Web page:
Keierleber realized the SSSBA needed to have someone design and build a bridge utilizing the software to showcase its capabilities and benefits. He also recognized the speed with which a galvanized steel bridge could be erected would serve his needs perfectly.
The new, state-of-the-art, 40-foot wide Jesup Bridge became a demonstration/research bridge project in cooperation with West Virginia University, the University of Wyoming and Iowa State University. This cooperative research effort meant the cost of the new bridge could be subsidized with grants and donations from SSSBA members. The steel, the fabrication and hot-dip galvanizing corrosion protection system were all donated. The new bridge ended up costing Buchanan County less than $100,000 for installation.
The original bridge was demolished on Aug. 20, 2013, and the new, modern, functional bridge was open to traffic by Nov. 11, 2013. To further involve the community in the accelerated bridge replacement, a live webcam was used to track its progress. With creativity, the use of eSPAN140, and the generosity of SSSBA members, who believed enough in steel as the solution in the small bridge market to prove it, the problem was solved.
The American Galvanizers Association (AGA) and several member galvanizers are also involved with NACE and/or local county engineers as well as the SSSBA. They have also been involved in 100-Year Bridge discussions and the education of County Engineers about the sustainability, durability and corrosion protection provided by hot-dip galvanizing. The donation of the galvanizing for the Jesup Bridge was an opportunity to demonstrate these attributes and provide a tool for continued research that will benefit tax payers across the entire United States. Keierleber says Without a doubt, Buchanan County will certainly build more galvanized steel bridges. Galvanized steel fits in the 100-year design concept adopted in Buchanan County.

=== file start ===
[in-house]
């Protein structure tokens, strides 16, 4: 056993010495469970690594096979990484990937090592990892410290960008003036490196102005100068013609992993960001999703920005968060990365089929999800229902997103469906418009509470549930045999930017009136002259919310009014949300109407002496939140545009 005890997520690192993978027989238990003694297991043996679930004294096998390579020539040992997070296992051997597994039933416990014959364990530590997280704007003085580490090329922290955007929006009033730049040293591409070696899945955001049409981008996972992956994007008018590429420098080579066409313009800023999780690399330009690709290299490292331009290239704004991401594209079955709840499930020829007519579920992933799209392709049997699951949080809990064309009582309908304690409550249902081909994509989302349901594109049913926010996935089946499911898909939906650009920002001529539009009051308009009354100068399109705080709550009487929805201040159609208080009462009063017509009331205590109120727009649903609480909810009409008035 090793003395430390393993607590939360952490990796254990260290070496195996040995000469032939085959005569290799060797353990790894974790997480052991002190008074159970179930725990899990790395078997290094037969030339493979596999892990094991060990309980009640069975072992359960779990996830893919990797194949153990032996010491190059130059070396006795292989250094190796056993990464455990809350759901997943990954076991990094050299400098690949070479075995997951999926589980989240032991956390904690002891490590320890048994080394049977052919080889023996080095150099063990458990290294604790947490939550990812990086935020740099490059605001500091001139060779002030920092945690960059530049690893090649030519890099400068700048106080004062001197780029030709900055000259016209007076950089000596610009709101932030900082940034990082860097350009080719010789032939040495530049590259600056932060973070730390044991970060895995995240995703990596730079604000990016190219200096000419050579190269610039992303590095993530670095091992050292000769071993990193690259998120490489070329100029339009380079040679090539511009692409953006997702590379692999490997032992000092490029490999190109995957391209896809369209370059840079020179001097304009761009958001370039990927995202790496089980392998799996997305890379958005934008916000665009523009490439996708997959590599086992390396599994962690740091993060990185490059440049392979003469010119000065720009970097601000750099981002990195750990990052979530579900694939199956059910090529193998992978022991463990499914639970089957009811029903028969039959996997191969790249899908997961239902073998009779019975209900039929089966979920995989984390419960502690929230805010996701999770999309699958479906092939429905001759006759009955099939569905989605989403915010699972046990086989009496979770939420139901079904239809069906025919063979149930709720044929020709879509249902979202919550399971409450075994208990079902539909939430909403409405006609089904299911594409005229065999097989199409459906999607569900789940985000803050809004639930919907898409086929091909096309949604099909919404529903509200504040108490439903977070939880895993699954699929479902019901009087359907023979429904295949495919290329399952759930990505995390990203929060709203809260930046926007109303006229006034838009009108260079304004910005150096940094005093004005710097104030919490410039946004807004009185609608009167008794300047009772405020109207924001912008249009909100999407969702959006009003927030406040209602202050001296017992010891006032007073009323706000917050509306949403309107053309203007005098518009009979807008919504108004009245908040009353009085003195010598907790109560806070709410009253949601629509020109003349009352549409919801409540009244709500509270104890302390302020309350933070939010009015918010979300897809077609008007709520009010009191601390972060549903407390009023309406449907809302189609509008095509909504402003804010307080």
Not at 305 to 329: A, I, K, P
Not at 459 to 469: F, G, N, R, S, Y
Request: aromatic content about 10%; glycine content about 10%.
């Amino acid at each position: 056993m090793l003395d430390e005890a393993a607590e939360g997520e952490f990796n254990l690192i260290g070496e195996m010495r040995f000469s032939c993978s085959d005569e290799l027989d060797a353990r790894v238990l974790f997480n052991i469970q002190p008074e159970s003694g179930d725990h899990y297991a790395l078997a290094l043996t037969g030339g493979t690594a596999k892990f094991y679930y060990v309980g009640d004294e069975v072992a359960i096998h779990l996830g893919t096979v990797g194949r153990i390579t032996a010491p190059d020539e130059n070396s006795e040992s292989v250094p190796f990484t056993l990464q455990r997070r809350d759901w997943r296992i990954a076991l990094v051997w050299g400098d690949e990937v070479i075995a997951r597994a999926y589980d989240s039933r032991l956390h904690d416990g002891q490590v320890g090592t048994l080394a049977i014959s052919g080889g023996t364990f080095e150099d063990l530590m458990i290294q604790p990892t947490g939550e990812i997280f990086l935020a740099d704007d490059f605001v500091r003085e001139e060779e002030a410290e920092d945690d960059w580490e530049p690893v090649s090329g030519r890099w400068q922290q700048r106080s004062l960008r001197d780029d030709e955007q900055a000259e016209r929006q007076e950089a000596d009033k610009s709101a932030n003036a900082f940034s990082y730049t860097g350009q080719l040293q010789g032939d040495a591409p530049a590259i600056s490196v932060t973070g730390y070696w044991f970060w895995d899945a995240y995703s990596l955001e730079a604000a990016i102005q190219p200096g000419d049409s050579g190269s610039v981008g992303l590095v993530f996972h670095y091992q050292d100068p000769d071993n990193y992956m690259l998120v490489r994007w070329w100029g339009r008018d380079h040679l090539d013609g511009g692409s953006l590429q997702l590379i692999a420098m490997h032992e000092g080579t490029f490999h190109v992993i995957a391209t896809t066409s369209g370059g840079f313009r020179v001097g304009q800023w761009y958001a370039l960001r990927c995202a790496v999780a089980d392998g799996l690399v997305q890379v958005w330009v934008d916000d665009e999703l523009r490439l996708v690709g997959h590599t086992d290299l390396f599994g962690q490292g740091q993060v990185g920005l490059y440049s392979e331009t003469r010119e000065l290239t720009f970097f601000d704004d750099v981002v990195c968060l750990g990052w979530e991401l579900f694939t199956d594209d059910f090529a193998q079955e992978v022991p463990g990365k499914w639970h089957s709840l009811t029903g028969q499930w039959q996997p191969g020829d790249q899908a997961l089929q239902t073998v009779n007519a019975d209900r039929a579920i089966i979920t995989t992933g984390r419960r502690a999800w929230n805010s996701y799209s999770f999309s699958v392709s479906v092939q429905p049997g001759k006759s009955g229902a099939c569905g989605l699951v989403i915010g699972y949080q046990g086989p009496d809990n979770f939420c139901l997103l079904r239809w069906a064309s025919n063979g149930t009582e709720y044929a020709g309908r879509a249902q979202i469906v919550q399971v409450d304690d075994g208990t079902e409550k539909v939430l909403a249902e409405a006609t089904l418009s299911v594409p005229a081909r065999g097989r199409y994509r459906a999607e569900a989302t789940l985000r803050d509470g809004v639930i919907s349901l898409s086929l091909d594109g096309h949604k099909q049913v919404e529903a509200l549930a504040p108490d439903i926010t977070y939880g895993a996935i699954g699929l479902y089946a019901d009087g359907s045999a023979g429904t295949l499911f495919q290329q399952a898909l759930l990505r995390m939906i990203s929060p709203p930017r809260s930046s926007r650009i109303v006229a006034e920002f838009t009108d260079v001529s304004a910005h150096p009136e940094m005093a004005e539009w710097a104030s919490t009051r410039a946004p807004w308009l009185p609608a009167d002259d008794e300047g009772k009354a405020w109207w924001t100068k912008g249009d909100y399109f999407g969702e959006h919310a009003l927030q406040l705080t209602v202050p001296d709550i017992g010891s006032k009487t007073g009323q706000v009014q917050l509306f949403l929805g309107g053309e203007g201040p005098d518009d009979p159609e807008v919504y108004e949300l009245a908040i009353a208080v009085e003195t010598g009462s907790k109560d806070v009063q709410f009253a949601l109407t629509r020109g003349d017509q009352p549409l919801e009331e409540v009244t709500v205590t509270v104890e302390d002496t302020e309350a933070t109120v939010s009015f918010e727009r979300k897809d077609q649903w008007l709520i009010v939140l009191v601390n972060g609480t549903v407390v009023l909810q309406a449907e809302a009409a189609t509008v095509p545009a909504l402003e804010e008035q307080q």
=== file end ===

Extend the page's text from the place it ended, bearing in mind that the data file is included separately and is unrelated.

Galvanized steel beams and rebar are key components in this design. It all goes back to economics, Keierleber says. It will dictate everything we do. It goes back to cost comparisons and being worried about cost savings in the long run instead of the short term. Beyond research, this project is an enhancement to the community because it removes a barrier to commerce and mobility for county residents. Typically contractors are hired for this job, but Keierleber wanted his crews to be intimately familiar with the construction of this bridge, so it also provided jobs and income for local county crews.
Jesup, IA United States
Coating Durability, Corrosion Performance, Ease of Specifying, Life-Cycle Cost, Quality of HDG, Sustainability, Turnaround Time
Beams, diaphragms, W beam rail, Bolts and rebar.
Buchanan County Engineer
Buchanan County Engineer
U S Bridge
Buchanan County Engineer
AZZ Galvanizing - Canton
AZZ Galvanizing - Arkansas